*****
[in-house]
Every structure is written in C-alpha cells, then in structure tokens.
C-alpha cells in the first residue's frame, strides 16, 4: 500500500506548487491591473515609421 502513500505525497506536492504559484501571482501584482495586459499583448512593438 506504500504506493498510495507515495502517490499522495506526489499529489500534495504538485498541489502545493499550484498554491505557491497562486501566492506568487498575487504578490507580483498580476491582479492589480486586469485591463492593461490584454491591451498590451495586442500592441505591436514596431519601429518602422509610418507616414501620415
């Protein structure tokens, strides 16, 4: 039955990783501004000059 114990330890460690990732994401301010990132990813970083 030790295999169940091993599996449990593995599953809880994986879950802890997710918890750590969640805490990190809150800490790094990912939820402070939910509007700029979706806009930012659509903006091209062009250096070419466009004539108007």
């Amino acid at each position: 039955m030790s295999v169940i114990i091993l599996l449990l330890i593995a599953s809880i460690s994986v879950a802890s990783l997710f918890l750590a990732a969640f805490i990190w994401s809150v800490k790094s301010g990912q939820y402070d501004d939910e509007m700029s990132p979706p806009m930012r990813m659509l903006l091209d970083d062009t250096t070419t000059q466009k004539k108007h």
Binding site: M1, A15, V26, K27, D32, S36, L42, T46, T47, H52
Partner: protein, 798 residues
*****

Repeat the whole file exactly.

[in-house]
Every structure is written in C-alpha cells, then in structure tokens.
C-alpha cells in the first residue's frame, strides 16, 4: 500500500506548487491591473515609421 502513500505525497506536492504559484501571482501584482495586459499583448512593438 506504500504506493498510495507515495502517490499522495506526489499529489500534495504538485498541489502545493499550484498554491505557491497562486501566492506568487498575487504578490507580483498580476491582479492589480486586469485591463492593461490584454491591451498590451495586442500592441505591436514596431519601429518602422509610418507616414501620415
């Protein structure tokens, strides 16, 4: 039955990783501004000059 114990330890460690990732994401301010990132990813970083 030790295999169940091993599996449990593995599953809880994986879950802890997710918890750590969640805490990190809150800490790094990912939820402070939910509007700029979706806009930012659509903006091209062009250096070419466009004539108007």
């Amino acid at each position: 039955m030790s295999v169940i114990i091993l599996l449990l330890i593995a599953s809880i460690s994986v879950a802890s990783l997710f918890l750590a990732a969640f805490i990190w994401s809150v800490k790094s301010g990912q939820y402070d501004d939910e509007m700029s990132p979706p806009m930012r990813m659509l903006l091209d970083d062009t250096t070419t000059q466009k004539k108007h």
Binding site: M1, A15, V26, K27, D32, S36, L42, T46, T47, H52
Partner: protein, 798 residues